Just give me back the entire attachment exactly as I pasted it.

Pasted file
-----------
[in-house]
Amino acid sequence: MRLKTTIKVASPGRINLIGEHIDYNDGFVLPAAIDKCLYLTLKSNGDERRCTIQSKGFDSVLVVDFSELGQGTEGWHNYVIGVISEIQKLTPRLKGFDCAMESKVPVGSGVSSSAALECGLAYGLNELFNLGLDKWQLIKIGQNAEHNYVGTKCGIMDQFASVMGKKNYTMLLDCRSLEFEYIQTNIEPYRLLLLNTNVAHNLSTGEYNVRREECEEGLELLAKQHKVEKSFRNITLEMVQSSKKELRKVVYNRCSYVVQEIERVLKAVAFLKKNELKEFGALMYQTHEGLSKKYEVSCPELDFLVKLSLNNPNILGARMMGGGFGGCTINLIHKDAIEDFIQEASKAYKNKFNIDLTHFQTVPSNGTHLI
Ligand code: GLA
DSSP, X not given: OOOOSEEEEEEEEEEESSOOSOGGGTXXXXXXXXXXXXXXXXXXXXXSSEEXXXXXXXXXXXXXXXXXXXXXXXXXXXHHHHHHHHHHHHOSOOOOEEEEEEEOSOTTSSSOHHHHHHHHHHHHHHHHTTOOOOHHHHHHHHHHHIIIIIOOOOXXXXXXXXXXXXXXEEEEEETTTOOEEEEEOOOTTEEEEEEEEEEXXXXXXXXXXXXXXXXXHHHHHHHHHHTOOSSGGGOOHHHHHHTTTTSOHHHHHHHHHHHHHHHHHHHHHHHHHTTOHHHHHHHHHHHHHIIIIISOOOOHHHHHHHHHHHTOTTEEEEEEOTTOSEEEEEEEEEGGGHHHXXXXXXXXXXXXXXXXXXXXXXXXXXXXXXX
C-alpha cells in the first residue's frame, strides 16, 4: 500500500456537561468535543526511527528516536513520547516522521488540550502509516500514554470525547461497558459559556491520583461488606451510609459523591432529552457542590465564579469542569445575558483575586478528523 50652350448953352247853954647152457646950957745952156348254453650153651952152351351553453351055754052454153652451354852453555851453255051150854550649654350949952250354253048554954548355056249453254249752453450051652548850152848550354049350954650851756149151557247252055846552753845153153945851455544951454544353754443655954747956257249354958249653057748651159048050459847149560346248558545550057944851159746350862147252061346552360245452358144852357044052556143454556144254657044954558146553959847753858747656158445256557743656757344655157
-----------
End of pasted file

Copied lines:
[in-house]
Amino acid sequence: MRLKTTIKVASPGRINLIGEHIDYNDGFVLPAAIDKCLYLTLKSNGDERRCTIQSKGFDSVLVVDFSELGQGTEGWHNYVIGVISEIQKLTPRLKGFDCAMESKVPVGSGVSSSAALECGLAYGLNELFNLGLDKWQLIKIGQNAEHNYVGTKCGIMDQFASVMGKKNYTMLLDCRSLEFEYIQTNIEPYRLLLLNTNVAHNLSTGEYNVRREECEEGLELLAKQHKVEKSFRNITLEMVQSSKKELRKVVYNRCSYVVQEIERVLKAVAFLKKNELKEFGALMYQTHEGLSKKYEVSCPELDFLVKLSLNNPNILGARMMGGGFGGCTINLIHKDAIEDFIQEASKAYKNKFNIDLTHFQTVPSNGTHLI
Ligand code: GLA
DSSP, X not given: OOOOSEEEEEEEEEEESSOOSOGGGTXXXXXXXXXXXXXXXXXXXXXSSEEXXXXXXXXXXXXXXXXXXXXXXXXXXXHHHHHHHHHHHHOSOOOOEEEEEEEOSOTTSSSOHHHHHHHHHHHHHHHHTTOOOOHHHHHHHHHHHIIIIIOOOOXXXXXXXXXXXXXXEEEEEETTTOOEEEEEOOOTTEEEEEEEEEEXXXXXXXXXXXXXXXXXHHHHHHHHHHTOOSSGGGOOHHHHHHTTTTSOHHHHHHHHHHHHHHHHHHHHHHHHHTTOHHHHHHHHHHHHHIIIIISOOOOHHHHHHHHHHHTOTTEEEEEEOTTOSEEEEEEEEEGGGHHHXXXXXXXXXXXXXXXXXXXXXXXXXXXXXXX
C-alpha cells in the first residue's frame, strides 16, 4: 500500500456537561468535543526511527528516536513520547516522521488540550502509516500514554470525547461497558459559556491520583461488606451510609459523591432529552457542590465564579469542569445575558483575586478528523 50652350448953352247853954647152457646950957745952156348254453650153651952152351351553453351055754052454153652451354852453555851453255051150854550649654350949952250354253048554954548355056249453254249752453450051652548850152848550354049350954650851756149151557247252055846552753845153153945851455544951454544353754443655954747956257249354958249653057748651159048050459847149560346248558545550057944851159746350862147252061346552360245452358144852357044052556143454556144254657044954558146553959847753858747656158445256557743656757344655157